She Asked for the Chicken Wings to Be Taken Off Her Bill. Oak & Embers at Pinecrest Called the Cops

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Shirelle Copeland was all set to pay her family's dinner bill at Oak & Embers in Pinecrest on Sunday evening, Jan. 3, but first had a request to the server: Could they please take an order of chicken wings off the tab?

Copeland's young son had ordered them and didn't like them. They'd sent an order back almost entirely uneaten, got a new batch from the kitchen with sauce on the side, tried one wing, and left the plate again. Everything else on their tab, which was about $60, was fine.



As expected, the server asked the manager and, because the owner was on site, the manager asked the owner.

As Copeland didn't expect, the answer wasn't to give a discount or offer a free dessert or one of the many responses usually delivered in circumstances like this. The answer was that Oak & Embers was calling the Orange police department.



Copeland, who is Black, taped the incident once the police officer arrived and broadcast it via Facebook live. The scene the video captures is awkward and bizarre. The officer, who admits he responded to the call because no one else in the department wanted to, observes a plate of chicken wings with only one eaten and confirms the Copeland family simply didn't like them. The owner, Marc Garofoli, takes the item off the bill. Outside, the officer tells Copeland the cops aren't a "collection agency" for restaurants.



Days later, Garofoli stood by his decision. Though, he told Scene, he understands he might come out of a story about the incident looking like a villain, there were very real financial reasons, in his mind, to have the police department come to his restaurant over a bill dispute.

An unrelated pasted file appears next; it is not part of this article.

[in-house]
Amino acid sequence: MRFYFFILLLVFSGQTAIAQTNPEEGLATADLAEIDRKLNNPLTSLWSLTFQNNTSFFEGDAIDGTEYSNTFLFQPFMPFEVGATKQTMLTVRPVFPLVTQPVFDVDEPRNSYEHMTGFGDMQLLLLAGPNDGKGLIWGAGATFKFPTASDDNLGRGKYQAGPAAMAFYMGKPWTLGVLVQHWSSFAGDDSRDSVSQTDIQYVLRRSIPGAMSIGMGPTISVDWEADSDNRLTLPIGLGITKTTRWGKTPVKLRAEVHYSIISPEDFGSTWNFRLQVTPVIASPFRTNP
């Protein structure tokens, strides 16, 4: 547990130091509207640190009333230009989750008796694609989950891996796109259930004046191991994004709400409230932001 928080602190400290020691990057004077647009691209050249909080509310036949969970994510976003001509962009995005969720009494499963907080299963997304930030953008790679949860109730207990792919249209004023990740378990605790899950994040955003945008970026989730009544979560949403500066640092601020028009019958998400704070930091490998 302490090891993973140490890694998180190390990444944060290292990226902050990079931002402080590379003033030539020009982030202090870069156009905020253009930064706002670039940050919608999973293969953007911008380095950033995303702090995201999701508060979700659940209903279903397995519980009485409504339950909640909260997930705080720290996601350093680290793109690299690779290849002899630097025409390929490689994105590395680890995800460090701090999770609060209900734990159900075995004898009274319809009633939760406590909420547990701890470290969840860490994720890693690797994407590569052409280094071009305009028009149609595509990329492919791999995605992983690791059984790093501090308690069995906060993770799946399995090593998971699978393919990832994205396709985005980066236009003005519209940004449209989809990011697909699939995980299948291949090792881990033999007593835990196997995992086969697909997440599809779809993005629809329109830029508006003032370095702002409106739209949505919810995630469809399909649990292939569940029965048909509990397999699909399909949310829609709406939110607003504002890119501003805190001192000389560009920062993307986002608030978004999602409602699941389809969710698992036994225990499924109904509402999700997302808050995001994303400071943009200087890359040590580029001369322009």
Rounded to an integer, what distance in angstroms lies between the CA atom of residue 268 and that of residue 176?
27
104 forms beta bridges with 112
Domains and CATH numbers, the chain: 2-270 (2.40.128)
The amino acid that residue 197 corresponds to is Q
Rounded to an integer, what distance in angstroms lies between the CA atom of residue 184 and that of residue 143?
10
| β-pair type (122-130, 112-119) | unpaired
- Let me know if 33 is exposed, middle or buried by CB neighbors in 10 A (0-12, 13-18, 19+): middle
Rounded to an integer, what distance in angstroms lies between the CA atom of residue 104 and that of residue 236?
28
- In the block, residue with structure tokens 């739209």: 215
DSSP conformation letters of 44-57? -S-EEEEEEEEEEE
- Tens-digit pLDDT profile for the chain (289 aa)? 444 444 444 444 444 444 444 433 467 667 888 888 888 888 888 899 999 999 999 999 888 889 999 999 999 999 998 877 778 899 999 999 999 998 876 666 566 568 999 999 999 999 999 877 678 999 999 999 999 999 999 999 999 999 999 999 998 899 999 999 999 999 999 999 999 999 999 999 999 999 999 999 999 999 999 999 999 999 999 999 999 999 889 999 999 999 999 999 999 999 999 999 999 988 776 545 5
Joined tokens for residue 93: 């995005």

"We've had lots of issues in the past at the restaurant with customers eating three-fourths of the meal or a percentage of their meals — we give out big portions, typically — and that particular location, we've had lots of comped food," he told Scene. "$1,500 to $2,000 a week. We've been trying to combat the issue, and it's only been during Covid, and it's only that location, so we've been trying to figure out a way to stop this."

As for the difference between someone trying to get out of paying for a meal they mostly ate and someone who simply didn't like their food and didn't eat it, Garofoli said there's very little to him.

"We are struggling to make ends meet," he said. "It's not a matter of cost. It's labor. It's rent. I'm just trying to illustrate that a ranch dressing helps pay the rent, especially now. We're a scratch-made restaurant. It's not a matter of if it's a filet or ranch dressing, everything counts. We haven't taken a paycheck out of Pinecrest ever. We're trying to provide the best food possible and pay 200 employees."

The restaurant shared a similar message on its Facebook page last week, though it didn't mention the incident with police.

For Garofoli, summoning the cops was an effort to resolve the situation.

"We didn't want a confrontation," he said.

Asked if someone who's Black might see having the cops called, in front of their children, on their dinner tab as the exact opposite of de-escalation, Garofoli said he didn't even know who was at the table that night and in general, "We don't look at the police as a threat. We look at the police as an aid."

It was the Orange police department, he said, which suggested he call them if he needed  "aid with customers," which he told Scene he's done a half dozen times since March of last year as the comped food losses spiraled.

The Orange PD confirmed that they've been called fewer than 10 times to the restaurant, and not always over a disputed bill, but said Oak & Embers misconstrued the limits on their offer to help.

"We've told everyone if they're having a dispute and we can be helpful to call us," Lt. Mike Roberts told Scene. This, he said, would include customers who are unruly in some manner. But, "This one in particular was a civil one with a customer who was ready, willing and able to pay for her meal minus the one entree they didn't eat. That's a civil matter, and we have no authority to be helpful besides guiding management into making the right decision. If someone had a scam where they're intentionally defrauding a vendor of food and eating three-quarters of a meal, we'd say you need to pay, and theft is less of a gray area if you have a party come in, consume a few entrees and then everyone disappears. They're going to be arrested and we're happy to do that. But this matter was not one for the police."

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